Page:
Back in May, fans of Bitcoin ordinals (or bitcoin NFTs) believed that transaction fees from users would permanently increase miners’ revenue. Somehow, ordinals and their associated inscriptions — data-intensive Taproot transactions mostly used to store pictures on Bitcoin’s blockchain — would generously compensate Bitcoin miners in perpetuity.
Within 200 days of the ordinals launch, users created over one million image-based inscriptions. On this measure, ordinals grew faster from launch than NFTs grew on either Ethereum, Solana, or Polygon. Fans envisioned a future where ordinals would finally solve Bitcoin’s security budget problem, ensuring well-paid miners for many halvenings to come.
Unfortunately, that hasn’t happened. Ordinals’ contribution of transaction fees continue to drop from their May peak. Nowadays, most higher-than-average transaction fees in each block are not associated with ordinals-related transactions, despite ordinals taking up a significant percentage of space in each block.
Put simply, ordinals users have become more savvy — consolidating inscription processes into fewer transactions. And users are now more willing to wait for their transactions to be mined at cheaper rates.
The speculative frenzy subdued
Bitcoin is secured by miners who expend electricity and computation to provably hash large number sets which protect the ledger. Bitcoin’s security budget — the total value of fees going to Bitcoin miners, calculated as transaction fees plus coinbase rewards — depends on consistent demand for data storage on Bitcoin’s ledger.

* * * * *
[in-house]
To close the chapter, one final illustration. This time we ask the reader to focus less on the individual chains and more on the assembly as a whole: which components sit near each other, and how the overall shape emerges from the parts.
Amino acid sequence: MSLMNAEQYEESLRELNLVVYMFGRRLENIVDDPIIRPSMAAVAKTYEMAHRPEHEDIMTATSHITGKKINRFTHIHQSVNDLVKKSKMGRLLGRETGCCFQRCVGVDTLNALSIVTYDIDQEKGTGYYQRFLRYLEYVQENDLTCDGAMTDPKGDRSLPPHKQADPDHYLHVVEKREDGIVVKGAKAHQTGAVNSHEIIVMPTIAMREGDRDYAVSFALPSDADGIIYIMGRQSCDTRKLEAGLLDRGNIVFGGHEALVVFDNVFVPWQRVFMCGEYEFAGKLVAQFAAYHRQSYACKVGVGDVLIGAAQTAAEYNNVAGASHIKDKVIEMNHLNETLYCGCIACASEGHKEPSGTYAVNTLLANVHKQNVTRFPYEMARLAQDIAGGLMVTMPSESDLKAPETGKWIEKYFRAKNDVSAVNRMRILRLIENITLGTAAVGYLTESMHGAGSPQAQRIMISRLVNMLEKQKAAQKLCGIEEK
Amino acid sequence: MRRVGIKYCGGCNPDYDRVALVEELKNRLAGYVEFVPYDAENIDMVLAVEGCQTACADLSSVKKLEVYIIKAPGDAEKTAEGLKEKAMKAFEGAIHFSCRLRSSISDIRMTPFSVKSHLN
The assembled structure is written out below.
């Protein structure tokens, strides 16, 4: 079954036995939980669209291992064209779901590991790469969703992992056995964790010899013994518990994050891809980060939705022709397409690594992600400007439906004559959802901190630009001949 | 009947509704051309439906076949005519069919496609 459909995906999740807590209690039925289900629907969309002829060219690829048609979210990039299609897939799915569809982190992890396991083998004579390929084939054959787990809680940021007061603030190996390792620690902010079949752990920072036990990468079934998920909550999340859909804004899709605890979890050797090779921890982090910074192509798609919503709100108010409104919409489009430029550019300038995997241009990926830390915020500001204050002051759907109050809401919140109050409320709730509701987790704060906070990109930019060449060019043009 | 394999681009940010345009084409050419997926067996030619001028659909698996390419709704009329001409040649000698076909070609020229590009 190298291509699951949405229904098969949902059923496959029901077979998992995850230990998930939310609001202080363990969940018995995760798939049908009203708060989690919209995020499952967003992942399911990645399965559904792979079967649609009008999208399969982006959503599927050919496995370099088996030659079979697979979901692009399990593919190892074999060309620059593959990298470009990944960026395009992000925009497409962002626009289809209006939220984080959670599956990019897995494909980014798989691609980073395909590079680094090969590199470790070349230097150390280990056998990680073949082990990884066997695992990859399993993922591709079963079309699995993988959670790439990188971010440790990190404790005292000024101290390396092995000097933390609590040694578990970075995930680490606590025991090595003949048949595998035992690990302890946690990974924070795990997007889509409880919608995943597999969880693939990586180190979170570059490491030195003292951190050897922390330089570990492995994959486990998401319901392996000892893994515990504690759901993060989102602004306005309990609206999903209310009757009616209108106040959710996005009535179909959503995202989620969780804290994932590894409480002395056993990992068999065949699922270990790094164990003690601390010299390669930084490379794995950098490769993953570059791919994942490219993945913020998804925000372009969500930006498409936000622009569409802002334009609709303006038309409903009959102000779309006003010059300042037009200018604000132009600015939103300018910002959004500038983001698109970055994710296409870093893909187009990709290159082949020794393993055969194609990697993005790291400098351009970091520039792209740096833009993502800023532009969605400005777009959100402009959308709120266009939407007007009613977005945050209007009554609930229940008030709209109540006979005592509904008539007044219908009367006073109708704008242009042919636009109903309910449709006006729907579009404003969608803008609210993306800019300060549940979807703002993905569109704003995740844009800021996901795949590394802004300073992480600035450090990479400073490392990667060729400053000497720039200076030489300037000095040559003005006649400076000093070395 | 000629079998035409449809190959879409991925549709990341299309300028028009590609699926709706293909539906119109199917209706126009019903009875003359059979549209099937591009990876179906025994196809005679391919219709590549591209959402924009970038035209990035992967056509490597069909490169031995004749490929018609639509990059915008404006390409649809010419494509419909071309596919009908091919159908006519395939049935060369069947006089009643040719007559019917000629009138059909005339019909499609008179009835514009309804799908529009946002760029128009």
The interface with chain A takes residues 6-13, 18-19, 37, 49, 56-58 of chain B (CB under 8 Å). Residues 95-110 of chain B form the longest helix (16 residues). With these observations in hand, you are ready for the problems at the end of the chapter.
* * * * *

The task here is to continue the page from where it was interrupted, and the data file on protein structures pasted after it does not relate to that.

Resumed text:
If miners cannot earn enough money to cover the cost of equipment, maintenance, electricity, and labor, they will soon turn their mining rigs off. Even with subsidies like payments from the Electric Reliability Council of Texas to reduce electricity consumption during heat waves, next year’s coinbase halving threatens Bitcoin’s security budget.
Digital assets that use Bitcoin’s proof of work algorithm but command significantly lower hashrates than Bitcoin are often vulnerable to 51% attacks that split the chain and introduce the possibility of double-spend attacks. Bitcoin Cash, Ethereum Classic, Bitcoin SV, and Bitcoin Gold previously experienced 51% attacks because miners couldn’t exert enough computational power to fend off attackers.
Ordinals contribute, slightly, to Bitcoin’s security budget
Unfortunately, ordinals don’t seem to ensure enough demand to consistently fill up four megabytes in block space.
Despite this shortcoming, many fans of ordinals remain. According to Udi Wertheimer and Eric Wall, ordinals are an important part of Bitcoin’s security plan. “Literally everyone wins,” Wertheimer wrote on X (formerly Twitter) in February, but failed to point out that ‘everyone’ doesn’t include inscription investors.
Despite an impressive start with Inscriptions and BRC-20 tokens, the protocol’s activity levels seem to not be enough to boost Bitcoin’s security budget in the long run. Bitcoin users must pay to fill up blocks with data to keep the entire ledger secure from 51% attacks.